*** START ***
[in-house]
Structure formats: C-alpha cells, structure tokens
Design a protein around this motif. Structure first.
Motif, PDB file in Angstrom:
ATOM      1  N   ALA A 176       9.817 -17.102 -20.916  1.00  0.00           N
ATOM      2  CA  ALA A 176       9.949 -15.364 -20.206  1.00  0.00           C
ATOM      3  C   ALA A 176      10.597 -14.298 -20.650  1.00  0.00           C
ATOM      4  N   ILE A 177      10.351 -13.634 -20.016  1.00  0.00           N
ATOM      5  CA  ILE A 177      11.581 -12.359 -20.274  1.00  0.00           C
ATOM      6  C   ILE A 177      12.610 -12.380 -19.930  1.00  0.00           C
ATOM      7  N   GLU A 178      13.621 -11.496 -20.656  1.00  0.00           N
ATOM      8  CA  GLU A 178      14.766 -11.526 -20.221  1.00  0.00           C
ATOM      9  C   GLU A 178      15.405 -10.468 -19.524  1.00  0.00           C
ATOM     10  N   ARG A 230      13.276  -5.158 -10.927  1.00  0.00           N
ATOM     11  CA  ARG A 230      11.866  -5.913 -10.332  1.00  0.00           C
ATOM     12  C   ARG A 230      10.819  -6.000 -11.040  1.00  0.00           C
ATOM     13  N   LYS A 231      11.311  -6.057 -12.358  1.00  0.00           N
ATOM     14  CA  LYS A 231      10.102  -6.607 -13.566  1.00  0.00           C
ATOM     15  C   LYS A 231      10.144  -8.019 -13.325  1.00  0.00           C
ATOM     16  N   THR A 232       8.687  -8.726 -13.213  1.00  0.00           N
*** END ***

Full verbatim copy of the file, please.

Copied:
[in-house]
Structure formats: C-alpha cells, structure tokens
Design a protein around this motif. Structure first.
Motif, PDB file in Angstrom:
ATOM      1  N   ALA A 176       9.817 -17.102 -20.916  1.00  0.00           N
ATOM      2  CA  ALA A 176       9.949 -15.364 -20.206  1.00  0.00           C
ATOM      3  C   ALA A 176      10.597 -14.298 -20.650  1.00  0.00           C
ATOM      4  N   ILE A 177      10.351 -13.634 -20.016  1.00  0.00           N
ATOM      5  CA  ILE A 177      11.581 -12.359 -20.274  1.00  0.00           C
ATOM      6  C   ILE A 177      12.610 -12.380 -19.930  1.00  0.00           C
ATOM      7  N   GLU A 178      13.621 -11.496 -20.656  1.00  0.00           N
ATOM      8  CA  GLU A 178      14.766 -11.526 -20.221  1.00  0.00           C
ATOM      9  C   GLU A 178      15.405 -10.468 -19.524  1.00  0.00           C
ATOM     10  N   ARG A 230      13.276  -5.158 -10.927  1.00  0.00           N
ATOM     11  CA  ARG A 230      11.866  -5.913 -10.332  1.00  0.00           C
ATOM     12  C   ARG A 230      10.819  -6.000 -11.040  1.00  0.00           C
ATOM     13  N   LYS A 231      11.311  -6.057 -12.358  1.00  0.00           N
ATOM     14  CA  LYS A 231      10.102  -6.607 -13.566  1.00  0.00           C
ATOM     15  C   LYS A 231      10.144  -8.019 -13.325  1.00  0.00           C
ATOM     16  N   THR A 232       8.687  -8.726 -13.213  1.00  0.00           N